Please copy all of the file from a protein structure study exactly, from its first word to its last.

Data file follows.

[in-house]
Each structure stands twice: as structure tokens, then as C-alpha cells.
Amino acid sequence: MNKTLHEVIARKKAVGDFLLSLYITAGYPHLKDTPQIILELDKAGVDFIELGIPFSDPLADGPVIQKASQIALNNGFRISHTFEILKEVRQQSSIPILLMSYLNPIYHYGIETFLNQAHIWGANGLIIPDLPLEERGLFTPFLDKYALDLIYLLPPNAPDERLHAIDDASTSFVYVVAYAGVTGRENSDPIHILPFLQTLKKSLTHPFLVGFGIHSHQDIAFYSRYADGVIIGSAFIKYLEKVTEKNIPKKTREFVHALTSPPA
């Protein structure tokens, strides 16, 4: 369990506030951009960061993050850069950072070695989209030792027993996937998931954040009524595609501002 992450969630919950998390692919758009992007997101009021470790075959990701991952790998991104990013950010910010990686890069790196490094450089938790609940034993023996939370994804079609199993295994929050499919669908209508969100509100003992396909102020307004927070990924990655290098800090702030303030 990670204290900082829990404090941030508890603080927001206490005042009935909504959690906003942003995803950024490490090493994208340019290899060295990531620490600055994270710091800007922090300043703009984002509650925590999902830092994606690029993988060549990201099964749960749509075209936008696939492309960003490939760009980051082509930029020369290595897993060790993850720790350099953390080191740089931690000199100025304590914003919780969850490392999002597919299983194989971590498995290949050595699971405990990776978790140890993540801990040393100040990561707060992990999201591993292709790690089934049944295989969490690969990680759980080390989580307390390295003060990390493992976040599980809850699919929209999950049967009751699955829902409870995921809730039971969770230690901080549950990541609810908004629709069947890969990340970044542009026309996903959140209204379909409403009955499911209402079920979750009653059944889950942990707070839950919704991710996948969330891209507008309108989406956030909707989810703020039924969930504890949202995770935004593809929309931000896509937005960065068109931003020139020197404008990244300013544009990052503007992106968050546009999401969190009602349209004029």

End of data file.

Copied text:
[in-house]
Each structure stands twice: as structure tokens, then as C-alpha cells.
Amino acid sequence: MNKTLHEVIARKKAVGDFLLSLYITAGYPHLKDTPQIILELDKAGVDFIELGIPFSDPLADGPVIQKASQIALNNGFRISHTFEILKEVRQQSSIPILLMSYLNPIYHYGIETFLNQAHIWGANGLIIPDLPLEERGLFTPFLDKYALDLIYLLPPNAPDERLHAIDDASTSFVYVVAYAGVTGRENSDPIHILPFLQTLKKSLTHPFLVGFGIHSHQDIAFYSRYADGVIIGSAFIKYLEKVTEKNIPKKTREFVHALTSPPA
């Protein structure tokens, strides 16, 4: 369990506030951009960061993050850069950072070695989209030792027993996937998931954040009524595609501002 992450969630919950998390692919758009992007997101009021470790075959990701991952790998991104990013950010910010990686890069790196490094450089938790609940034993023996939370994804079609199993295994929050499919669908209508969100509100003992396909102020307004927070990924990655290098800090702030303030 990670204290900082829990404090941030508890603080927001206490005042009935909504959690906003942003995803950024490490090493994208340019290899060295990531620490600055994270710091800007922090300043703009984002509650925590999902830092994606690029993988060549990201099964749960749509075209936008696939492309960003490939760009980051082509930029020369290595897993060790993850720790350099953390080191740089931690000199100025304590914003919780969850490392999002597919299983194989971590498995290949050595699971405990990776978790140890993540801990040393100040990561707060992990999201591993292709790690089934049944295989969490690969990680759980080390989580307390390295003060990390493992976040599980809850699919929209999950049967009751699955829902409870995921809730039971969770230690901080549950990541609810908004629709069947890969990340970044542009026309996903959140209204379909409403009955499911209402079920979750009653059944889950942990707070839950919704991710996948969330891209507008309108989406956030909707989810703020039924969930504890949202995770935004593809929309931000896509937005960065068109931003020139020197404008990244300013544009990052503007992106968050546009999401969190009602349209004029």